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Women Left Behind: Gender Gap Emerges in Africa's Vaccines

Αssociated Press

Maasai men queuing to receive the AstraZeneca coronavirus vaccine look over as a woman, who is not, Maasai receives a jab at a clinic in Kimana, southern Kenya Saturday, Aug. 28, 2021. (AP Photo/Brian Inganga)

SARE GIBEL, Gambia — Health officials are confronting vaccine reluctance among African women, especially those of childbearing age.

Many worry pregnancies will be threatened, and in Africa, the success of a woman’s marriage often depends on how many children she bears. Other women fear the vaccine more than COVID-19; as breadwinners, they can’t miss a day working if side effects hit.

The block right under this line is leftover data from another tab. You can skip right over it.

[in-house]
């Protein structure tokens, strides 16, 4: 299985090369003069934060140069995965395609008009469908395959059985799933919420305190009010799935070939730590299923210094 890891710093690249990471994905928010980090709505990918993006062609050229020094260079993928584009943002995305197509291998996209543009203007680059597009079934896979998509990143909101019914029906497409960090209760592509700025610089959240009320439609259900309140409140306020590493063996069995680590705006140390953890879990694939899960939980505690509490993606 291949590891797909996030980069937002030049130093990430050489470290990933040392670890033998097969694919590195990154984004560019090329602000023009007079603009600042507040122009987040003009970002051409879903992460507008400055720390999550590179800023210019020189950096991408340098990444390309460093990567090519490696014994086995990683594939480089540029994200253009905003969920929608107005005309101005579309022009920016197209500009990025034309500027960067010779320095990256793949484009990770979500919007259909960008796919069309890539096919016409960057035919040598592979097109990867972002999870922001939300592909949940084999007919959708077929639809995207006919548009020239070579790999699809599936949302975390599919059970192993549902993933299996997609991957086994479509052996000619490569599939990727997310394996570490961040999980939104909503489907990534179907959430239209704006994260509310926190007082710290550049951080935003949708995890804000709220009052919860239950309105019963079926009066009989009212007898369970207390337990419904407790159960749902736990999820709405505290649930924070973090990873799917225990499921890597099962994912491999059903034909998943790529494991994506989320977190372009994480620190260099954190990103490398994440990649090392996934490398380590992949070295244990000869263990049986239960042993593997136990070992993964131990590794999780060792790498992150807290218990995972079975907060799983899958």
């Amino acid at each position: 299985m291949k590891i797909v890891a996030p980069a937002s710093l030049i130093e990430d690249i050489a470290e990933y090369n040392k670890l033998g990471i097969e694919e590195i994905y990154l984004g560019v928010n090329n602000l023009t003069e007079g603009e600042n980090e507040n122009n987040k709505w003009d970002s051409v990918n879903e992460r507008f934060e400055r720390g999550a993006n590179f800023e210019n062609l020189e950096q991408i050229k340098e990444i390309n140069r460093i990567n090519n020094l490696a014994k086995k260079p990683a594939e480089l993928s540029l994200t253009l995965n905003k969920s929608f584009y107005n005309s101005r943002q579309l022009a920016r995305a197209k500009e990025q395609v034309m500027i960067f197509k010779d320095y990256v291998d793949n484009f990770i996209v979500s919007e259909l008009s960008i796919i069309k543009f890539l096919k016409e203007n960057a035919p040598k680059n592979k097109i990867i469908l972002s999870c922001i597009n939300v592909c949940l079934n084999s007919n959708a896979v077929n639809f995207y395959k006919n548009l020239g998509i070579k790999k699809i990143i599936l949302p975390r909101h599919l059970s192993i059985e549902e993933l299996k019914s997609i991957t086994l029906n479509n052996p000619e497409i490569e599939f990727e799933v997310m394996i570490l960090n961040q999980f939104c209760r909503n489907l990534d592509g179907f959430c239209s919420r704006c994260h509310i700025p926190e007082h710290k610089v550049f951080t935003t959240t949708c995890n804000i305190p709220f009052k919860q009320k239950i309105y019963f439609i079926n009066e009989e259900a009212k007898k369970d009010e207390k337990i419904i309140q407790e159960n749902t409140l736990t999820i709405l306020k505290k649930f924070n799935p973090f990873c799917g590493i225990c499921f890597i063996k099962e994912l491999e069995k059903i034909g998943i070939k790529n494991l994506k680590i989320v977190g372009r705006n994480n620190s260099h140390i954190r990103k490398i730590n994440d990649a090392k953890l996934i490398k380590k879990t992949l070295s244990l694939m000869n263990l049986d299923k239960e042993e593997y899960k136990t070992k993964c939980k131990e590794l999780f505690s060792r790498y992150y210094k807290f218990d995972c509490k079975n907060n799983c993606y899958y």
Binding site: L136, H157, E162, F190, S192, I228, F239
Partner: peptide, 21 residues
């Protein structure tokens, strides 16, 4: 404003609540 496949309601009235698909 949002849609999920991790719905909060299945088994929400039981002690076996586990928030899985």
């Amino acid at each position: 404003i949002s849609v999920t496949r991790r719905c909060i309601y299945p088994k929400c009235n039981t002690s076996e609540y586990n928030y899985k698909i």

Their fears are hardly exceptional, with rumors proliferating across Africa. Fewer than 4% of of Africans are immunized. Although gender data are lacking globally, experts see a growing number of women in Africa’s poorest countries consistently missing vaccines.

Officials who already bemoan the inequity of vaccine distribution between rich and poor nations now fear African women are the world’s least vaccinated population.

Despite rampant concerns about pregnancy and fertility, there is no evidence that vaccines affect a woman’s chances of getting pregnant. The CDC, World Health Organization, and other agencies recommend pregnant women get vaccinated because they’re at higher risk of severe disease and death.